The GUSTO study is a major collaborative research effort involving partners across Singapore from healthcare and research alike. This includes the Singapore Institute for Clinical Sciences (SICS), KK Women’s and Children’s Hospital (KKH), National University Health System (NUHS), and the National University of Singapore (NUS). The purpose of the GUSTO study is to understand how conditions in pregnancy and early childhood influence the subsequent health and development of women and children.
Over the course of 2009 and 2010, over 1,200 Singaporean women were enrolled in GUSTO, from a point in early pregnancy. Their infants were followed very closely as they grew, with over 10 observation visits in just the first 18 months of life alone. As the GUSTO children journey through life, we are there every step of the way. The detailed observations and sampling on these mothers and children have been instrumental in discovering features more representative of the local and Asian population that can be used to improve the health and potential of our communities, with an earlier start.
Find out more at http://www.gusto.sg/.
Recruited before conception, 1,000 women between the ages of 18 to 35 years old who were planning to conceive were recruited prior to pregnancy and followed up through their pregnancy, until their child was two years of age. Through assessments such as imaging of the womb and ovaries, blood tests to determine ovarian health, as well as measurements of their body mass index and blood pressure, we’ve been able to establish the important mechanisms linking maternal and perinatal health and nutrition to child development while also using the data to assess fertility rates in Singaporean couples intending to conceive.
The long-term goal is to develop effective approaches to prevent metabolic diseases and neurodevelopment disorders – ultimately enhancing health outcomes for every birth.
Find out more at http://www.s-presto.sg/.
This randomised, controlled double-blind, multi-centre trial is academically led by the EpiGen Research consortium – comprising SICS, NUS, the University of Southampton, and the Liggins Institute at the University of Auckland – in collaboration with researchers at the Nestlé Research Center.
The preconceptual period is recognised as a time when the mother’s condition can profoundly affect subsequent development of her child. Improved nutrition before and during pregnancy has benefits for the health of the mother and her offspring, including healthy offspring body composition, decreased risks of childhood obesity, allergies and healthy neuropsychological development.
The NiPPeR study recruited 1,800 women before they conceived, across three centres in Southampton, Singapore and Auckland, and participants were divided into an intervention group and control group. Participants in the intervention group received nutritional drinks enriched with micronutrients, myo-inositol and a probiotic, while the control group received drinks enriched with standard micronutrients. This study examines the hypothesis that a nutritional drink, commencing before conception and through pregnancy, will assist in the maintenance of healthy glucose metabolism in the mother and promote offspring health.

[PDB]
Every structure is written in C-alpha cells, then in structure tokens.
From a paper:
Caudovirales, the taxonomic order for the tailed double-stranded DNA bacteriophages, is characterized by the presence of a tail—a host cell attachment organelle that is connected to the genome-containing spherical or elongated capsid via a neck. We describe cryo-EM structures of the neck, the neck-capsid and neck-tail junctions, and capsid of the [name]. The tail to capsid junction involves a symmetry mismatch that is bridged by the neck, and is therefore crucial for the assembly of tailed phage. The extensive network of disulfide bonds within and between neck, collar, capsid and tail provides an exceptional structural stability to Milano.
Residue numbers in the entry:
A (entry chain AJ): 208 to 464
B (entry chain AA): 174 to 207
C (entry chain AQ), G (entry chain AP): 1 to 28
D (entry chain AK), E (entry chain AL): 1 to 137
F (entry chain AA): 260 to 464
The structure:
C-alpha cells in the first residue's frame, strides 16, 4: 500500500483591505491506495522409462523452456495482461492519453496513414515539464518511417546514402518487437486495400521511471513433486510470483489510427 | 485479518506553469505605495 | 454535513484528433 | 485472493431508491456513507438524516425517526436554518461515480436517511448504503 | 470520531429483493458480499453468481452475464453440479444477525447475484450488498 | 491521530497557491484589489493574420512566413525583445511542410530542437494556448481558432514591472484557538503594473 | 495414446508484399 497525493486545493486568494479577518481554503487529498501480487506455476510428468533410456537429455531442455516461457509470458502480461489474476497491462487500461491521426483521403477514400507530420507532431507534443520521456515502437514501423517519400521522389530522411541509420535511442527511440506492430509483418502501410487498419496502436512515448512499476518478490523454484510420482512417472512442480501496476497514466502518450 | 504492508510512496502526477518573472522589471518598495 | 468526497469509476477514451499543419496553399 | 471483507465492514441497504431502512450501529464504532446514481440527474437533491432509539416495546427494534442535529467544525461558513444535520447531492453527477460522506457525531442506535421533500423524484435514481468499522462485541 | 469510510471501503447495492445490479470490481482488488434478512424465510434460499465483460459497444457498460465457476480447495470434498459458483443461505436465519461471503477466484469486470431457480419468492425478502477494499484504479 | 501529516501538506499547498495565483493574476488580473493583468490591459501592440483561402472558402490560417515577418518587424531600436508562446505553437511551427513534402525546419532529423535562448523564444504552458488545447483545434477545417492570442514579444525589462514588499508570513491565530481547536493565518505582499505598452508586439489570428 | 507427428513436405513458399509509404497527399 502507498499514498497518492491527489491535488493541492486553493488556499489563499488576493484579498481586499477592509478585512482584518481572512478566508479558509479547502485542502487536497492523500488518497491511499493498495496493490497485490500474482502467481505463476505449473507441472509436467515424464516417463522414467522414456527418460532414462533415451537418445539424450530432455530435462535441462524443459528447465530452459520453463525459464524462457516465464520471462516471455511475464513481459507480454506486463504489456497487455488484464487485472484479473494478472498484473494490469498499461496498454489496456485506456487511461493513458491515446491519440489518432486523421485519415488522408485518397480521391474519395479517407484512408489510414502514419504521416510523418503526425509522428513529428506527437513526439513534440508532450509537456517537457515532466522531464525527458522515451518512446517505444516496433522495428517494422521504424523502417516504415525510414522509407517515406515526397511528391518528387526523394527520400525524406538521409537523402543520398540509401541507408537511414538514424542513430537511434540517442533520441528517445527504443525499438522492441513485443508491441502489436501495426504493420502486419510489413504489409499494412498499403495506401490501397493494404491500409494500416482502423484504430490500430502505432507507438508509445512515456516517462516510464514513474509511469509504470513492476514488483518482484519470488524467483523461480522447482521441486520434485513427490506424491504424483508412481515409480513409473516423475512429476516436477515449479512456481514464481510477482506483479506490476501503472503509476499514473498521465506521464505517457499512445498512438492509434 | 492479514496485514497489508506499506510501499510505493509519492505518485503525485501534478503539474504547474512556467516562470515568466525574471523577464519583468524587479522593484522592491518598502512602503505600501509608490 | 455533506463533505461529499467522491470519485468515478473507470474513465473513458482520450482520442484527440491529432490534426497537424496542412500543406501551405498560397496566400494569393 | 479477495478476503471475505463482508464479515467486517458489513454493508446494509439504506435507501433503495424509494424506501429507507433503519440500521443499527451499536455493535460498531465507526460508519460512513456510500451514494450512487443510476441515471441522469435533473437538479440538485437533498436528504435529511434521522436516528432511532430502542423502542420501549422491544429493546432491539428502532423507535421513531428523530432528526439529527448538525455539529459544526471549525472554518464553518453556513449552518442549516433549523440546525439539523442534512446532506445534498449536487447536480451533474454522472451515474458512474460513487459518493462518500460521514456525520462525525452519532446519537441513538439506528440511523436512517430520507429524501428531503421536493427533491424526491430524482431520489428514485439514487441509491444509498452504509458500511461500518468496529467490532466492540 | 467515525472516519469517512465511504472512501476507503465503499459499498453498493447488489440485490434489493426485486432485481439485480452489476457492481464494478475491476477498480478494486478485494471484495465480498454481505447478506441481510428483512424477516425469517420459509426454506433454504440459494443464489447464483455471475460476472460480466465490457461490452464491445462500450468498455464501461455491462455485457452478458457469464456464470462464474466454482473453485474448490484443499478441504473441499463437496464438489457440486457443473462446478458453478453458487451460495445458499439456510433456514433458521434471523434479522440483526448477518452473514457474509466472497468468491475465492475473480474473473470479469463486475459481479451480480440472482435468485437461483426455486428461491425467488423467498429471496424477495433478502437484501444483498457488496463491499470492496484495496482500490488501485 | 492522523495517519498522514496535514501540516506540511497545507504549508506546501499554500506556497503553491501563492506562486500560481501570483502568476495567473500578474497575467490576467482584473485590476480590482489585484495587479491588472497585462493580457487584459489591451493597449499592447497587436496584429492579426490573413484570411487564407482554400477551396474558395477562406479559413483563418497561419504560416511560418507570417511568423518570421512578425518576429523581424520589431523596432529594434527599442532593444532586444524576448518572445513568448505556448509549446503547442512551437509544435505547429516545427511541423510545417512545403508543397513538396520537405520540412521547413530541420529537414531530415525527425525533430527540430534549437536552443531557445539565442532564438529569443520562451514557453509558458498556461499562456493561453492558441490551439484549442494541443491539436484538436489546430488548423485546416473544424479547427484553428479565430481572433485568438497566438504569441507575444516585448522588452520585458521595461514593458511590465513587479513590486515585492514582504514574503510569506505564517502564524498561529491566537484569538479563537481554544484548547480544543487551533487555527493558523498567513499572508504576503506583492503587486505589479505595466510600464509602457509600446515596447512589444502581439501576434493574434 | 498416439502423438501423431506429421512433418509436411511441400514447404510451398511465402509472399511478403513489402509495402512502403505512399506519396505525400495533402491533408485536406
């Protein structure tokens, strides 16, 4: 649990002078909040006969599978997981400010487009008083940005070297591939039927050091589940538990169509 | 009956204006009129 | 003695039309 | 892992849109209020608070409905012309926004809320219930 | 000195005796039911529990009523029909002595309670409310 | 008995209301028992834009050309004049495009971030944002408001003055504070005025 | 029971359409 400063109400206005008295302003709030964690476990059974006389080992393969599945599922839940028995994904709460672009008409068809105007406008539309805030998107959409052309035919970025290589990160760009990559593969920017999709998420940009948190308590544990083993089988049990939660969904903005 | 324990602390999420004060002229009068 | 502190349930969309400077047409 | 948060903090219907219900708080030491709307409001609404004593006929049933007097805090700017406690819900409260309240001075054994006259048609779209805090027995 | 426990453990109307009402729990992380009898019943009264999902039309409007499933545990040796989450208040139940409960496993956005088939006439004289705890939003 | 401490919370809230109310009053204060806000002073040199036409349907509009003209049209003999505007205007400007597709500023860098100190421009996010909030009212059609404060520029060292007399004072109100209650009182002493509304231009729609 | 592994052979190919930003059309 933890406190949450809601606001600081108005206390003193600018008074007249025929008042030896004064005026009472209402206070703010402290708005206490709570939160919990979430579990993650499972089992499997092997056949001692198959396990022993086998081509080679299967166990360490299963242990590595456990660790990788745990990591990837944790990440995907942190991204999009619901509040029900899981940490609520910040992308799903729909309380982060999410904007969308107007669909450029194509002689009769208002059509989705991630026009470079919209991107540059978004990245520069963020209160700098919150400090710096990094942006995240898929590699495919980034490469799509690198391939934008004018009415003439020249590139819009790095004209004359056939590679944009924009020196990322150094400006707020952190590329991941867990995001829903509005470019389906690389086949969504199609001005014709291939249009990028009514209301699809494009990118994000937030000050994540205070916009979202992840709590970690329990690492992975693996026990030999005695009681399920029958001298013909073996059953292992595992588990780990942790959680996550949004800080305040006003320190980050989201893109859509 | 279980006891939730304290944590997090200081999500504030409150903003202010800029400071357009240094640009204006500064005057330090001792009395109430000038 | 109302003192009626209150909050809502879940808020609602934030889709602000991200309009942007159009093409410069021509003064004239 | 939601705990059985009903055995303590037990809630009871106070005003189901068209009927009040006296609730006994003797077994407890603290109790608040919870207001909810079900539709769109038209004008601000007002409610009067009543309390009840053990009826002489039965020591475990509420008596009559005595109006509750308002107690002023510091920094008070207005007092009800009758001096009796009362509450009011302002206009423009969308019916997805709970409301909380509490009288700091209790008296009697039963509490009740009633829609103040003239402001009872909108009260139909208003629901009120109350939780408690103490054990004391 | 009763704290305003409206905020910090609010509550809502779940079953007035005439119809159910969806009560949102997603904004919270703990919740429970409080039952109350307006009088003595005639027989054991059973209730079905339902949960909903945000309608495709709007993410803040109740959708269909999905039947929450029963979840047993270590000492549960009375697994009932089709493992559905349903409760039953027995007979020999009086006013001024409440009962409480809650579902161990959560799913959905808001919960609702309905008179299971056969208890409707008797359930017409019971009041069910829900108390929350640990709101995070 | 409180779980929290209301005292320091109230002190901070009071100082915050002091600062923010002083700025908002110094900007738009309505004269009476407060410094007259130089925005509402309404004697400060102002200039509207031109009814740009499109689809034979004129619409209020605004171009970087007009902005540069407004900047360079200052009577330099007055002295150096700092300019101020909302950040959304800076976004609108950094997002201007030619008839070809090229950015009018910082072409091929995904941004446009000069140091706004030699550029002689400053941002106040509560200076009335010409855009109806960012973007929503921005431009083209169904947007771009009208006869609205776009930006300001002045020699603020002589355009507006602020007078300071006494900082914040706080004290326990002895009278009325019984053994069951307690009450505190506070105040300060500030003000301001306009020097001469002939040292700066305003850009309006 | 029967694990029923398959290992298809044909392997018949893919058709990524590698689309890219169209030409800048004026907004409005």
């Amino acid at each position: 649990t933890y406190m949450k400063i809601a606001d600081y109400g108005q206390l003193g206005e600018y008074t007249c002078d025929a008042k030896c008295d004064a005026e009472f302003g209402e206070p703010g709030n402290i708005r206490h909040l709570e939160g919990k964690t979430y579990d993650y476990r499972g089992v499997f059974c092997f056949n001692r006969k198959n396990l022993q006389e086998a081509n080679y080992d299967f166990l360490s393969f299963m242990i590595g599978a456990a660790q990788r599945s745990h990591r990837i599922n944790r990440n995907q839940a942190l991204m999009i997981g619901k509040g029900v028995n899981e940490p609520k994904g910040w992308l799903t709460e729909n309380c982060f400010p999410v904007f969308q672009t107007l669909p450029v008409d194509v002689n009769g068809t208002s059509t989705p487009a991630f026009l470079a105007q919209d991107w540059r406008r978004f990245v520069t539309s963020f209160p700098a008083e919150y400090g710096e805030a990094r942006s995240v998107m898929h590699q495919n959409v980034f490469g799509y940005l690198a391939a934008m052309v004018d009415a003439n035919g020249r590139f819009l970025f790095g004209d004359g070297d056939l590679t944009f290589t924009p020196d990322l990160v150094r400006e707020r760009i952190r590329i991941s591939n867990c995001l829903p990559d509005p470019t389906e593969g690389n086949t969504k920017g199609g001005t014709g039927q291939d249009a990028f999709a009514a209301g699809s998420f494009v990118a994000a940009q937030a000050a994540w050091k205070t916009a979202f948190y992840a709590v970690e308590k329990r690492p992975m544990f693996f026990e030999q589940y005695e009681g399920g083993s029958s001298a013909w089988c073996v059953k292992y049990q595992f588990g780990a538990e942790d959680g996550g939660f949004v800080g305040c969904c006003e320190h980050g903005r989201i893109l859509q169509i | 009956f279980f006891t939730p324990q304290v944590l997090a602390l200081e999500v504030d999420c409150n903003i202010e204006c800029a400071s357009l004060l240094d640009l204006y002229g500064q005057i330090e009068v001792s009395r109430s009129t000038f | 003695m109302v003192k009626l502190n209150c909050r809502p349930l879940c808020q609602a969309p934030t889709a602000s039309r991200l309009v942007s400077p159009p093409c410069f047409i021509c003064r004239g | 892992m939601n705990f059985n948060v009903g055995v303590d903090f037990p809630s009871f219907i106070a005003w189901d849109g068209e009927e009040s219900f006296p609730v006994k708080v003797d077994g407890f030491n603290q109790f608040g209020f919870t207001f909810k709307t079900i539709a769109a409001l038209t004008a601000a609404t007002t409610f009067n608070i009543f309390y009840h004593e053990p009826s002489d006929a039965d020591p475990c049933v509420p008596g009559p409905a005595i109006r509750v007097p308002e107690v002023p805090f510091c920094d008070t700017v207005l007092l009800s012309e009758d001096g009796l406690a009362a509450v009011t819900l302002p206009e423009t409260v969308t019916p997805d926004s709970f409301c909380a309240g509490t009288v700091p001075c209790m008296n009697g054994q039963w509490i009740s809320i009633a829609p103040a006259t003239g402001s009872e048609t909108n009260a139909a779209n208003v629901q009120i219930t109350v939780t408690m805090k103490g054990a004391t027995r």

Find out more at https://www.nipperstudy.com/.
SICS, in collaboration with NUS Yong Loo Lin School of Medicine, has set up a Biology of Human Ageing Programme (Healthspan) to study human ageing in Singapore. The overall objective of the programme is to identify meaningful ways of improving health span in Singapore, through conducting observational studies and intervention studies involving lifestyle, nutritional and pharmaceutical interventions.
Restoring biological functions and preventing/reducing loss of autonomy and susceptibility to diseases are part of tackling the silver tsunami. Therefore, the programme will focus on age-associated deficits in physical frailty (e.g. sarcopenia, osteoporosis), cognitive frailty (e.g. cognitive decline, dementia), psychological frailty (e.g. depression), physiological frailty (e.g. immune, endocrine, cardiometabolic function), and even social/societal frailty (e.g. isolation). To identify meaningful ways to improve health span in Singapore, rigorous studies of lifestyle, nutritional and pharmaceutical interventions will run parallel to cohort studies.
Through the recruitment, phenotyping and biosampling of elderly cohorts, the SG90 Longevity Cohort Study launched in 2015 was an early effort under Healthspan to look at biological signatures of healthy ageing. At a later stage, there are plans to recruit the offspring of SG90 and age-match controls to study inherited factors, discover novel factors and validate biological patterns.
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